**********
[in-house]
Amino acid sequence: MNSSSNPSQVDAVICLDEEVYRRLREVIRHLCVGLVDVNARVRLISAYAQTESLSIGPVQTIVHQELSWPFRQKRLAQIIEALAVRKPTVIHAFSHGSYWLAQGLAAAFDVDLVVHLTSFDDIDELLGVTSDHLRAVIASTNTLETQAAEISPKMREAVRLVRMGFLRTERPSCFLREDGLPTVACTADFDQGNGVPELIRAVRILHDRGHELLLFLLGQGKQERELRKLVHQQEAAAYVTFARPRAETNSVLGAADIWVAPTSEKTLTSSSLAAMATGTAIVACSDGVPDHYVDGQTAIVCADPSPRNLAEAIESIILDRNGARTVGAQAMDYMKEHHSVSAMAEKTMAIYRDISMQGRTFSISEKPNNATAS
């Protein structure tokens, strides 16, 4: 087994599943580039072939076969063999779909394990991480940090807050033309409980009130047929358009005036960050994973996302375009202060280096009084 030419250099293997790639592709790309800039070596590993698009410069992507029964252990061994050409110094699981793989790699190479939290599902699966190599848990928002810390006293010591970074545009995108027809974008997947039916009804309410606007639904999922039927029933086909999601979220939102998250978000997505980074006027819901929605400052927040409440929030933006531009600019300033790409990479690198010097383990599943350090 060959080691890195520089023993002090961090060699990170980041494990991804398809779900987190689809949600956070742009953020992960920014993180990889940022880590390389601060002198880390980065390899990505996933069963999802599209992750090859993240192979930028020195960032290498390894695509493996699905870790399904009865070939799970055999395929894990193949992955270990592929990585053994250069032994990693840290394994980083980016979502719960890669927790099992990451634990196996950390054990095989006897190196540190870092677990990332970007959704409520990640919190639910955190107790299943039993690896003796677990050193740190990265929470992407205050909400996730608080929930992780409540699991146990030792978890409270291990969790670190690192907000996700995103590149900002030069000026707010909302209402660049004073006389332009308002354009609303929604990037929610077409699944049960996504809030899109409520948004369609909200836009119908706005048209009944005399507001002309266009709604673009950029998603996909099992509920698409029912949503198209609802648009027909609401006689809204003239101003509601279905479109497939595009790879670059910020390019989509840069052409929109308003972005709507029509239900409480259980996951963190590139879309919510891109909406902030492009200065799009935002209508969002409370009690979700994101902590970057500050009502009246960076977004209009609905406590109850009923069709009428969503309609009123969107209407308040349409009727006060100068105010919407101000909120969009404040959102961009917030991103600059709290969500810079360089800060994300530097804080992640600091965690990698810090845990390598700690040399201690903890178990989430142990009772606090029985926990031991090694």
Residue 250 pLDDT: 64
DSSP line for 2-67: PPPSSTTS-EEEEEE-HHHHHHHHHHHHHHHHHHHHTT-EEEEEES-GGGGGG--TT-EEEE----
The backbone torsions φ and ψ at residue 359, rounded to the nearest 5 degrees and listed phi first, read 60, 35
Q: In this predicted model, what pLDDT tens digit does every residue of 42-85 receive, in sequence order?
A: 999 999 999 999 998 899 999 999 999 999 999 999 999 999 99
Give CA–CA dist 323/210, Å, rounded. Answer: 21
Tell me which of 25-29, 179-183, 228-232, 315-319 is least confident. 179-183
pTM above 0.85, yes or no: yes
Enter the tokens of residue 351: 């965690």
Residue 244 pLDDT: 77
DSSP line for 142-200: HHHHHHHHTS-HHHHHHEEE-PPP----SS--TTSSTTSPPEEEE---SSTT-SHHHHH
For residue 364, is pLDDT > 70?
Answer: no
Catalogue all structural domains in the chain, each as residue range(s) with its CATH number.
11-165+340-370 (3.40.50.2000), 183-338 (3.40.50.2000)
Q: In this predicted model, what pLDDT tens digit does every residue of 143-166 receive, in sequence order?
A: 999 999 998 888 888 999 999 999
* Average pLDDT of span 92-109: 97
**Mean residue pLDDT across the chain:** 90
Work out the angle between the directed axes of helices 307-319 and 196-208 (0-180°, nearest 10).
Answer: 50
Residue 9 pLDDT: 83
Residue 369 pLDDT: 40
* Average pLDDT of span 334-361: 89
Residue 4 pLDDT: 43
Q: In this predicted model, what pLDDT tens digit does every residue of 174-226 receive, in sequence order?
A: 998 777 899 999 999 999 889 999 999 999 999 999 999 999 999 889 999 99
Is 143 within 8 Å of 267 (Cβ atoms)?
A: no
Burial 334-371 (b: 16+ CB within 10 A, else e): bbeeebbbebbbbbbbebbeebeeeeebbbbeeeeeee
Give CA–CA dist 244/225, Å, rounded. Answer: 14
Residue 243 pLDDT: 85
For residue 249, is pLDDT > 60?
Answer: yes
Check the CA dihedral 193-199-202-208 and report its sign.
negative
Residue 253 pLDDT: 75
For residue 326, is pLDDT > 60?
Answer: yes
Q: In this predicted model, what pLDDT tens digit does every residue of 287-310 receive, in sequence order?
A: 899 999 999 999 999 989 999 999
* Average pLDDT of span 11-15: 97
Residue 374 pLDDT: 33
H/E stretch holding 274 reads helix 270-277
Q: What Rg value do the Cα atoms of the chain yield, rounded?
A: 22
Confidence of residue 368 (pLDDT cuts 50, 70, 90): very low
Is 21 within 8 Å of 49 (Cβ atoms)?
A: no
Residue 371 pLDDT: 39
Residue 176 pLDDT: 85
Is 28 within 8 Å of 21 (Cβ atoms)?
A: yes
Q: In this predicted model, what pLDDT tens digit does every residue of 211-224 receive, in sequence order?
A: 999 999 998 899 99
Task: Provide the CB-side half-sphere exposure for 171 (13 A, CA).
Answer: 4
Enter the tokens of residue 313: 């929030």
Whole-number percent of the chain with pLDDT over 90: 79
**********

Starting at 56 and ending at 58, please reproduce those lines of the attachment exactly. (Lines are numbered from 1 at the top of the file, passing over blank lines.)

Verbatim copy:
A: yes
Q: In this predicted model, what pLDDT tens digit does every residue of 211-224 receive, in sequence order?
A: 999 999 998 899 99